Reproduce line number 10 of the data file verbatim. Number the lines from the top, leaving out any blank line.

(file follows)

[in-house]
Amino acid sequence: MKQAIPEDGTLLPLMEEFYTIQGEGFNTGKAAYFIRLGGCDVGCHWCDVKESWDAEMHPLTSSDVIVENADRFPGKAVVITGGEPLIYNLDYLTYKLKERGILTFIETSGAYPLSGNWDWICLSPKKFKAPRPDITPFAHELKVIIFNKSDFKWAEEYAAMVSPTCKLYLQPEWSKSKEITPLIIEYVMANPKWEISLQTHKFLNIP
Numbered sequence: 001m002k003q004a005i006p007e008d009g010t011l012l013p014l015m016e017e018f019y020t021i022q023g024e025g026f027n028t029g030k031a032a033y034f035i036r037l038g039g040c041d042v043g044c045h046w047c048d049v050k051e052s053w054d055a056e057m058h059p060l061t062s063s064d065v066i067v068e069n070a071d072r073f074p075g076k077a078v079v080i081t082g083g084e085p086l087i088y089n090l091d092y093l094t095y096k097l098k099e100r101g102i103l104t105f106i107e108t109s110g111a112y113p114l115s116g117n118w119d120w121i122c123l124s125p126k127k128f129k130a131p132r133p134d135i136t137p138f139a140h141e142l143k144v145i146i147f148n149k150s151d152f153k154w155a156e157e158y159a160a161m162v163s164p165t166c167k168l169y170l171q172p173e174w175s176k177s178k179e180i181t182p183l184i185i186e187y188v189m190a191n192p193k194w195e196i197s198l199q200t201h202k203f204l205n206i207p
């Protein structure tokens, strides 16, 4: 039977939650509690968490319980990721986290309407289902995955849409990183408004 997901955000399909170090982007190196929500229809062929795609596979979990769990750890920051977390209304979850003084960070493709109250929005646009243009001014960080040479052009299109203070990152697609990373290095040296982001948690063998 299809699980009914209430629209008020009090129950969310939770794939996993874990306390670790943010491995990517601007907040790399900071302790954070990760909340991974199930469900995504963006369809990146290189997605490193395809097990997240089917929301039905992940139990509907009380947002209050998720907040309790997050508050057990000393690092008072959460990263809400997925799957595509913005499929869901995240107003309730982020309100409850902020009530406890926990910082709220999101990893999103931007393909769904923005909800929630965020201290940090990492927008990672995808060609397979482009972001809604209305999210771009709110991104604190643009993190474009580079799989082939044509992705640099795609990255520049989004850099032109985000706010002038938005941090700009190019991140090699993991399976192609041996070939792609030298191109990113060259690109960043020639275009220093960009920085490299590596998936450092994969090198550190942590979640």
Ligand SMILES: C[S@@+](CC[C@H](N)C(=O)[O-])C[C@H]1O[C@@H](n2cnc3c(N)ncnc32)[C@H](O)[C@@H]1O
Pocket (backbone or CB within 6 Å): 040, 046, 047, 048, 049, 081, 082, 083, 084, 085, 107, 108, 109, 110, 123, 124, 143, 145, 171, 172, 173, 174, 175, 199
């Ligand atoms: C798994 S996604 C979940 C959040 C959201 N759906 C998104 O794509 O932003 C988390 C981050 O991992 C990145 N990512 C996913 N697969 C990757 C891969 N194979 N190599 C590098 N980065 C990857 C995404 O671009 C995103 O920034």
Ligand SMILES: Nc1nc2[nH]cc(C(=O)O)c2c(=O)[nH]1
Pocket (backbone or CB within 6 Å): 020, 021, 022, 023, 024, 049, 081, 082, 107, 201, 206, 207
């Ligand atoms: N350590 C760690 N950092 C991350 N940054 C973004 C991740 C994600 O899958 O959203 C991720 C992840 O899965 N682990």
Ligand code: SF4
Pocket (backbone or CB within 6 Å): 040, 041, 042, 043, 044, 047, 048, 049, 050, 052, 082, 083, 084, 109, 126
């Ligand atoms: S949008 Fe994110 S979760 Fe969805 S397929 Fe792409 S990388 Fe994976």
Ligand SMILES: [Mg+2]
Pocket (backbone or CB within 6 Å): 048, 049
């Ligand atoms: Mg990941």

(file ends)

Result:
């Ligand atoms: N350590 C760690 N950092 C991350 N940054 C973004 C991740 C994600 O899958 O959203 C991720 C992840 O899965 N682990």